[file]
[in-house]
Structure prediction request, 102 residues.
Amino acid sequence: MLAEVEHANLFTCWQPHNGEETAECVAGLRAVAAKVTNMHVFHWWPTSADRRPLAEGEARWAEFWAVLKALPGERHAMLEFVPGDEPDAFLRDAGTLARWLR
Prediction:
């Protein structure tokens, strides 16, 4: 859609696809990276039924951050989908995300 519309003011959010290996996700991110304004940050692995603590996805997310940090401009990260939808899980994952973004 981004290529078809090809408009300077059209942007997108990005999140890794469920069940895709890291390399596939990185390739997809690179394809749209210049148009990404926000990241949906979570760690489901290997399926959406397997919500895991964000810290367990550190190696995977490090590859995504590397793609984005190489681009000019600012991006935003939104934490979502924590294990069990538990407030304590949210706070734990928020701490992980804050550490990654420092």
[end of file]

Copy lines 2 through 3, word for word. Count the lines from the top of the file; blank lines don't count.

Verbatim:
Structure prediction request, 102 residues.
Amino acid sequence: MLAEVEHANLFTCWQPHNGEETAECVAGLRAVAAKVTNMHVFHWWPTSADRRPLAEGEARWAEFWAVLKALPGERHAMLEFVPGDEPDAFLRDAGTLARWLR